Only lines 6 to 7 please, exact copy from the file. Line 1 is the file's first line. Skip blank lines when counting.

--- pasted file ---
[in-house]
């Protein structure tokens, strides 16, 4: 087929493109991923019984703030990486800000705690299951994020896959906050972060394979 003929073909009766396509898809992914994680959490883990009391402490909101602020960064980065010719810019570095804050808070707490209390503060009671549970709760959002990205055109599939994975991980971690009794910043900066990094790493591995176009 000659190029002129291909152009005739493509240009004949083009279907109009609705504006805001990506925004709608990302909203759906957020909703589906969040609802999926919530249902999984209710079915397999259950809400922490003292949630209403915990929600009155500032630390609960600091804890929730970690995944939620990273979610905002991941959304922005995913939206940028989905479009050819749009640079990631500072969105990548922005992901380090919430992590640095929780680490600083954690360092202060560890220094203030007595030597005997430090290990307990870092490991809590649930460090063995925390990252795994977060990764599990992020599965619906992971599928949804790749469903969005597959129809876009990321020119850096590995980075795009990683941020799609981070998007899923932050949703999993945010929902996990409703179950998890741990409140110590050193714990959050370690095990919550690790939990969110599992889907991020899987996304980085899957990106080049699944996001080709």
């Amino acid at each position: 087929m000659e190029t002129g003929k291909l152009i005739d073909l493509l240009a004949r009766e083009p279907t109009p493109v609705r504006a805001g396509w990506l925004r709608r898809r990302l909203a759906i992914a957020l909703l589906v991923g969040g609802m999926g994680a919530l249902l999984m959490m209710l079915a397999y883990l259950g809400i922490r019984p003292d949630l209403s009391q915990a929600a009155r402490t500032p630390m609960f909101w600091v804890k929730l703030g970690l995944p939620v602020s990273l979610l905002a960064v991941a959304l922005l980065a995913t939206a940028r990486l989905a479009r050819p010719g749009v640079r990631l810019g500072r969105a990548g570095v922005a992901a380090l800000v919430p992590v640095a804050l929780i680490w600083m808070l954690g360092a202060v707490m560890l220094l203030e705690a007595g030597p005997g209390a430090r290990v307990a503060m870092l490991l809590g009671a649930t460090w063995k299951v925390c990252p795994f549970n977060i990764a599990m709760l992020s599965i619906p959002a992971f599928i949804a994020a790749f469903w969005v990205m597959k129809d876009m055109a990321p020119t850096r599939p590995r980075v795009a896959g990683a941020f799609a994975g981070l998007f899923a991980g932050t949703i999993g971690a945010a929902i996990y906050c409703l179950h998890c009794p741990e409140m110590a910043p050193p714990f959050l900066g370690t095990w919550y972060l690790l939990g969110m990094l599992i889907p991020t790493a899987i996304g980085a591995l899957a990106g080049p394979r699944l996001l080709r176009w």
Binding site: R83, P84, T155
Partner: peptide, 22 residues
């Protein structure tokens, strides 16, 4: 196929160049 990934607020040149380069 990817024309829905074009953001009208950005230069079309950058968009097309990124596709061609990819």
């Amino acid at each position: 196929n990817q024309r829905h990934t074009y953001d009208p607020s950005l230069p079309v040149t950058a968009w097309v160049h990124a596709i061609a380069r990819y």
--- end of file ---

């Protein structure tokens, strides 16, 4: 196929160049 990934607020040149380069 990817024309829905074009953001009208950005230069079309950058968009097309990124596709061609990819």
């Amino acid at each position: 196929n990817q024309r829905h990934t074009y953001d009208p607020s950005l230069p079309v040149t950058a968009w097309v160049h990124a596709i061609a380069r990819y």